Pride flag will fly at Newcastle City Hall after the reversal of a vote initially against it

A controversial vote to not raise the LGBTQ+ Pride flag at Newcastle City Hall was reversed. City council voted 4-3 in favor of raising the flag for the remainder of June.

The shocking change comes after deputy mayor Pratima Lakhotia, who initially voted no, told Pride flag supporters she would change her vote.

"As such, I will be in favor of raising the Pride flag," Lakhotia said during a at Lake Boren Park.

Tuesday’s city council meeting was full of people, and even overflowed into the hallway as leaders heard public comment on the matter for 2.5 hours. Before the meeting, Pride flag supporters held a rally at Lake Boren Park and marched to city hall protesting the vote.

Newcastle Pride Flag Rally

"We will continue to come back, and we will fight the good fight to ensure that we are seen, heard, loved, and supported," said Corrinalyn Gyette, president of Eastside Pride Pacific Northwest.

During the June 4 city council meeting, leaders voted 4-3 in favor of not raising the Pride flag at city hall for Pride month this year.

"If we start raising flags, we got to raise everybody. We want a Hamas flag flying over the City of Newcastle, or MAGA flag? How about a Trump flag or an Antifa flag? We're not going there folks, not while I’m the mayor, I’m sorry," said Mayor Robert Clark during the June 4 meeting.

For several years, leaders have previously approved proclamations to raise the Pride flag at city hall. However, Clark said the only flag that should fly over the building to represent inclusivity is the American flag.

"If a city council or any place votes not to carry a flag other than the American flag, I stand with them," said Susan Powell who supports the vote. "I want to stand with anybody that's saying no to any flag."

During the Pride flag support rally at Lake Boren Park, deputy mayor Lakhotia explained the city decided this year not to highlight any minority groups and flags at city hall.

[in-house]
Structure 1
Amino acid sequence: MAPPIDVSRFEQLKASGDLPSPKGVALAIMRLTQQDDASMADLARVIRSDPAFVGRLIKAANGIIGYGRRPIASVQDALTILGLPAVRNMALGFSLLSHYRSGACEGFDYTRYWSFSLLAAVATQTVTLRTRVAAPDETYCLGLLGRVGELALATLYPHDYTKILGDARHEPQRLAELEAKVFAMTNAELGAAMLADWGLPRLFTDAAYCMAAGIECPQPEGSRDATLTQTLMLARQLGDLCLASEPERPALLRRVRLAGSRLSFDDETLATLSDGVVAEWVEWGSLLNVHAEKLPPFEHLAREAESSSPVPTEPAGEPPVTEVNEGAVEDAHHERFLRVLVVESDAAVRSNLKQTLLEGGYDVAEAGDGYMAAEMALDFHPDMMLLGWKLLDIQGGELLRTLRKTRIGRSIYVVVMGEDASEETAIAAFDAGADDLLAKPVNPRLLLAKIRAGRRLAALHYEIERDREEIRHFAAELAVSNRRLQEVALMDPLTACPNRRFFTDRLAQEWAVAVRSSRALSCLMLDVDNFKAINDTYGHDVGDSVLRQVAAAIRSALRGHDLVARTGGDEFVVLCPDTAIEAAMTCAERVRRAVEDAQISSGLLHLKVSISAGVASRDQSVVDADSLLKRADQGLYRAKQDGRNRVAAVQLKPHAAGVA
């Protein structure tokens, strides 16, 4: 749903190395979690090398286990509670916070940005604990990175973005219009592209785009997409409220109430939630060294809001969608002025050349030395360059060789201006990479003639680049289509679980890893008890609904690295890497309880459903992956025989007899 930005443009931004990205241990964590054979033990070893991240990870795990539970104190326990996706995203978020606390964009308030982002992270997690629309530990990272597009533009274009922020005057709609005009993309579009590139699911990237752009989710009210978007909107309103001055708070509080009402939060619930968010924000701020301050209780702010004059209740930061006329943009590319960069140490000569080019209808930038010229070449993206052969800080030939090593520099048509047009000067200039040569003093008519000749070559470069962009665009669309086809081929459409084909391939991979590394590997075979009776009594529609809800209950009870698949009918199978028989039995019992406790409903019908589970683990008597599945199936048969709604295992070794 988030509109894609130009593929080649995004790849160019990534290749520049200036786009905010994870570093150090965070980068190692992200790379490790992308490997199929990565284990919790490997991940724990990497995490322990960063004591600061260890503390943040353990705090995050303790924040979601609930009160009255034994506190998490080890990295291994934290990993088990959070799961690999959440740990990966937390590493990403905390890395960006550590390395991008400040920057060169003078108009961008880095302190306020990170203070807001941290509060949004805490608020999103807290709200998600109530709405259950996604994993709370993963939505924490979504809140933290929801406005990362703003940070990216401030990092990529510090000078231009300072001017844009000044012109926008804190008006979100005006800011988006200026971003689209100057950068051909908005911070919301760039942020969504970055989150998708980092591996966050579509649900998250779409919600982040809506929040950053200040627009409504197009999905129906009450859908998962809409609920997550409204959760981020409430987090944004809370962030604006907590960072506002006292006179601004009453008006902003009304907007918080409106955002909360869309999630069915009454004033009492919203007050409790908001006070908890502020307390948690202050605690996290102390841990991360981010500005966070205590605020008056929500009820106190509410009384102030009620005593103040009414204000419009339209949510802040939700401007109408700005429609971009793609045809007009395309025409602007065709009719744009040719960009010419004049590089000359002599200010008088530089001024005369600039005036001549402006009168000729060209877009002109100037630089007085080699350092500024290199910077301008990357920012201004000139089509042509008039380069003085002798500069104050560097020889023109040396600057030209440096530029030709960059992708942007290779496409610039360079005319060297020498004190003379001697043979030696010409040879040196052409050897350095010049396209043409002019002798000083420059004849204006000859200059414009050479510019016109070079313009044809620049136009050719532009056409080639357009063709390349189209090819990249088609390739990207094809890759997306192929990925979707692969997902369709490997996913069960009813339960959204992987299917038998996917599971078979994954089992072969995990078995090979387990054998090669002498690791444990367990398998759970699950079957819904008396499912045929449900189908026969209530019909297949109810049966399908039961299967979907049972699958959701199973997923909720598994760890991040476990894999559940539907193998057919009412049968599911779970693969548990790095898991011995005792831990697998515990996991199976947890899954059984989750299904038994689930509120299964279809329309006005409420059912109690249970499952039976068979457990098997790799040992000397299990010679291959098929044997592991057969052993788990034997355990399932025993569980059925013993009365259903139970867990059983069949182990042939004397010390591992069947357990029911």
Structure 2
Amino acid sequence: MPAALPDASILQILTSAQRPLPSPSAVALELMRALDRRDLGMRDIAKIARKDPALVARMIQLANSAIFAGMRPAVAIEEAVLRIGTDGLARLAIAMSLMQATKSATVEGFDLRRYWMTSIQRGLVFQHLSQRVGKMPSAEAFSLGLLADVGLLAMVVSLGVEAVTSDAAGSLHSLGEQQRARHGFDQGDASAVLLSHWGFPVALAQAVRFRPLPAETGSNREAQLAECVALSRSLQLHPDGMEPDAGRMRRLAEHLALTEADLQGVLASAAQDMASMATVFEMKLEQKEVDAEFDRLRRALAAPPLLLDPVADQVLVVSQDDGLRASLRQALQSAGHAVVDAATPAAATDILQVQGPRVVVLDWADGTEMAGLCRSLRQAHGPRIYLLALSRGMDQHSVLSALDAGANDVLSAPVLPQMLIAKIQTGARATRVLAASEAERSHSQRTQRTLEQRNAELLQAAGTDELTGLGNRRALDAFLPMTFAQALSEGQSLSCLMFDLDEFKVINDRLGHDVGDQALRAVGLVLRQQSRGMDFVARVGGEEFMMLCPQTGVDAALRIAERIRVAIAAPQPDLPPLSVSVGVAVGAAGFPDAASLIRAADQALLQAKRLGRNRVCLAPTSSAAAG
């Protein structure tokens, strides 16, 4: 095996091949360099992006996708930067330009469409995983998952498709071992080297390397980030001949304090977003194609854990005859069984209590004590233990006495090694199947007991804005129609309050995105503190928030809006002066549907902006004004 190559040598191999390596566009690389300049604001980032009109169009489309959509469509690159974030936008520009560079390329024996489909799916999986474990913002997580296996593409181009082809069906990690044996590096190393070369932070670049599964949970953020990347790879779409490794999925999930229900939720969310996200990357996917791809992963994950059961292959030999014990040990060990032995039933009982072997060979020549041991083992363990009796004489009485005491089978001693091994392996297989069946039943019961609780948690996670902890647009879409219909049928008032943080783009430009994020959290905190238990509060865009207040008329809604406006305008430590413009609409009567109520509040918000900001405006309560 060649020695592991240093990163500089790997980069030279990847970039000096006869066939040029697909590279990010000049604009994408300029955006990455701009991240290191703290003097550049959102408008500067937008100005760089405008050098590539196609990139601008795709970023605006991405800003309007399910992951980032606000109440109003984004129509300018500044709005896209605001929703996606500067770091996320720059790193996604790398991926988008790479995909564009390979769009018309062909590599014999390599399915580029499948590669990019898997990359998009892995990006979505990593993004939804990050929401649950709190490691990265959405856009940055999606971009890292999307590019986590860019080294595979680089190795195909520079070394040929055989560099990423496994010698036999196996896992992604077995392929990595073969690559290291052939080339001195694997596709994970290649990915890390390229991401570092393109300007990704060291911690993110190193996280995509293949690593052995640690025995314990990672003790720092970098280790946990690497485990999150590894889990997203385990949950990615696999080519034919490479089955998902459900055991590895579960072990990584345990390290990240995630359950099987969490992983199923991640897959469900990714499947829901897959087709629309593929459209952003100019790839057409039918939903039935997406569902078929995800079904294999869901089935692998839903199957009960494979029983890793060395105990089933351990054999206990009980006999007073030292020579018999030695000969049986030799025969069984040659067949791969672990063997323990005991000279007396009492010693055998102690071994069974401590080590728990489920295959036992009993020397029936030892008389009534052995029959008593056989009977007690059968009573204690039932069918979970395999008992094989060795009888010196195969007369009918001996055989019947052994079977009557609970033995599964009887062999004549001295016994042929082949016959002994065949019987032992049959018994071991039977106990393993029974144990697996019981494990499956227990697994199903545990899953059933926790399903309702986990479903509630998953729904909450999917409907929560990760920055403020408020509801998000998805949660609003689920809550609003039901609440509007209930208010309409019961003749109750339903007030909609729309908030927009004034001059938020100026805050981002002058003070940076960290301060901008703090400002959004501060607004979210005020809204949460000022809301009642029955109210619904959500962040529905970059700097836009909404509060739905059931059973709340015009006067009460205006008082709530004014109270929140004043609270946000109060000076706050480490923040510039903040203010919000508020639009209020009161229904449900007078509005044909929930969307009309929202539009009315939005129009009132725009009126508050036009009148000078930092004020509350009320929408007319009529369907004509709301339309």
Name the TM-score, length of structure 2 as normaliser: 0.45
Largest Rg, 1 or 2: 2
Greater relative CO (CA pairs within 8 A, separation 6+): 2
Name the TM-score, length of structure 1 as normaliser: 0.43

"We decided not to do any proclamations for minority groups because we felt that there are many, many different minority groups in Newcastle. And we did not want to single out anyone and exclude anyone," Lakhotia explained to the crowd.

The deputy mayor said that was her reason for voting against raising the Pride flag. However, she said careful consideration, communication and research gave her a change of heart and vote.

Others argued if one group is allowed the exception to raise their flag at city hall, it could open doors for conflict.

"What if white supremacists say we want our flag up there? Hamas say we want our flag up there? So, everybody has their flag up there, and then it evolves into chaos really quickly," said Owen G., a Newcastle resident. "When you start making a tribal thing become a law of the land and fly the flag over, it's only a matter of time that other tribes begin to pop up and eventually you devolve into anarchy which only ends up in chaos."

Countering chaos with a peaceful protest, flag supporters said they won’t be divided in their fight for Pride in their city.

"It takes bravery for people to show up at events like this, but people came out, they brought all their Pride colors," said Gyette. "To continue telling our stories because it doesn’t stop here."


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